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Childhood maltreatment, PTSD, and Teen Dating Violence Christine Wekerle,Ph.D. Associate Professor, Education, Psychology, Psychiatry The University of.

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Presentation on theme: "Childhood maltreatment, PTSD, and Teen Dating Violence Christine Wekerle,Ph.D. Associate Professor, Education, Psychology, Psychiatry The University of."— Presentation transcript:

1 Childhood maltreatment, PTSD, and Teen Dating Violence Christine Wekerle,Ph.D. Associate Professor, Education, Psychology, Psychiatry The University of Western Ontario

2 Violence in intimate relationships can be one…in which great intensity of positive longing, anger, and fear may be combined with a lack of felt security, lapses in attention, dysfluent communication, and unregulated arousal. (Lyons-Ruth & Jacobvitz, 1999)

3 Developmental Traumatology Tenets (DeBellis, 2001) The biological stress system response varies with individuals genetics, nature of the stressor, and whether the system can maintain homeostasis or whether it permanently changes due to stressor PTSD symptoms are normal responses, but when chronic can lead to adverse brain development PTSD symptoms represents pathway to more impairment; intergenerational maltreatment follows PTSD mediation Chronic mobilization of the fight/flight response, is the key cause of persistent negative neurological effects and neurobiological changes PTSD key causal factor underlying broad range of academic and mental health impairments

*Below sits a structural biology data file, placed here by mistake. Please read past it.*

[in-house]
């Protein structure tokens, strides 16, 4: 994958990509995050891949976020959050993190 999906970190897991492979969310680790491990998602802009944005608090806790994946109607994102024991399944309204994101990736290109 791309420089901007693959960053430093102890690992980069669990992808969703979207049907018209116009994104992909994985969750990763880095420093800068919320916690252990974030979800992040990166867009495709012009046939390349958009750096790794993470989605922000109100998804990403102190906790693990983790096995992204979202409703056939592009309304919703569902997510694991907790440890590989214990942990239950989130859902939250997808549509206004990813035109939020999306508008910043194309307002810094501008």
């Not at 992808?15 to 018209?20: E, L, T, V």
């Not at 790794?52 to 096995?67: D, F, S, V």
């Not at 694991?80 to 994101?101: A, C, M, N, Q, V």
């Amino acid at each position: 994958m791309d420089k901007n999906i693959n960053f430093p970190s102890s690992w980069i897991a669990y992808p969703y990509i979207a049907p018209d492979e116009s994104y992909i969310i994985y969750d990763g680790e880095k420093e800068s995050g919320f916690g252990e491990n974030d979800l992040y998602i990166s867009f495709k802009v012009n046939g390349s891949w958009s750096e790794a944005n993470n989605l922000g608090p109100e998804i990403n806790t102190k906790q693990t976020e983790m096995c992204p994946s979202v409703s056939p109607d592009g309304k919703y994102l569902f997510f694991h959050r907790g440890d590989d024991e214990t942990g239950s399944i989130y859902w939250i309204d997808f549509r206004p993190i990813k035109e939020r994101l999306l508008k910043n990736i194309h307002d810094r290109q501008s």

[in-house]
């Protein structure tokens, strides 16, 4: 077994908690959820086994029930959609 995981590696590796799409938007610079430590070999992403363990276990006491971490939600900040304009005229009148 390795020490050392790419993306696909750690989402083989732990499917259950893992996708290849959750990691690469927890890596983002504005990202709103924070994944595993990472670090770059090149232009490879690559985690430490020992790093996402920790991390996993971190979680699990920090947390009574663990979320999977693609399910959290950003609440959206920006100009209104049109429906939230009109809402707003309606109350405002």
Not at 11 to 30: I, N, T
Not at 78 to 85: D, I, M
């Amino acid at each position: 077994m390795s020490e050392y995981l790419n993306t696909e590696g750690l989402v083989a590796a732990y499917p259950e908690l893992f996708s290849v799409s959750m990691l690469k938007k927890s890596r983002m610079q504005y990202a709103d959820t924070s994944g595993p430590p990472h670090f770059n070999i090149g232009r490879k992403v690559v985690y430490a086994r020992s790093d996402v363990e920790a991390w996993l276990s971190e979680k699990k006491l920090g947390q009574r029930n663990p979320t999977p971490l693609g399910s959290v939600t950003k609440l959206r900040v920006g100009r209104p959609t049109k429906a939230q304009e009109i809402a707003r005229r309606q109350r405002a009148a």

4 Childhood Maltreatment Mediator: Post-traumatic stress symptomatology Poor Mental Health Dating violence Risky sexual behavior Substance abuse Mediators: Causal Factors Preceding Target Change The identification of mediator provides target for cost- effective intervention and ground for evidence-based policy decision.

5 Predictive Distal Factor: Childhood Maltreatment Child maltreatment may be the single most preventable and intervenable contributor to child and adult mental illness (DeBellis, 2003) Effective parenting is the most powerful way to reduce youth problem behaviours (Kumpfer & Alvarado, 2003) Adverse life events are not random – Child maltreatment associated with more problematic family environments, other high impact negative life events (including overlapping types of maltreatment), poverty etc. (Costello et al., 2002)

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7 CIS Study: Caregiver Substance Abuse and Environmental Risk Factors –Poverty (income < $15,000, OR=1.6) –Multiple moves in the past 6 months (3+, OR=5.2) –Unsafe housing (OR=1.9) –Minority racial status (Aboriginal OR=3.4; Other Minority OR=1.4) –Low caregiver education (OR=1.9) –Criminal activity (OR=4.8) –Involvement in a violent relationship (OR=3.8) –History of childhood maltreatment (OR=3.2) –Mental (OR=2.8) and physical (OR=2.6) health issues –Lack of social supports (OR=2.6 )

8 DSM-IV PTSD Criteria Specifier: (1) Acute ( 3 months); (3) Delayed Onset (6 months past traumatic stressor) Issues: Intensity, proximity, chronicity of stressor, age of child, relationship to perpetrator, presence of supportive and protective caretaker Criterion A: Both must be present (1)traumatic event w/ actual/threatened death or serious injury to threat to physical integrity to self/others (2) response involved intense fear, helplessness, horror, disorganized or agitated behaviour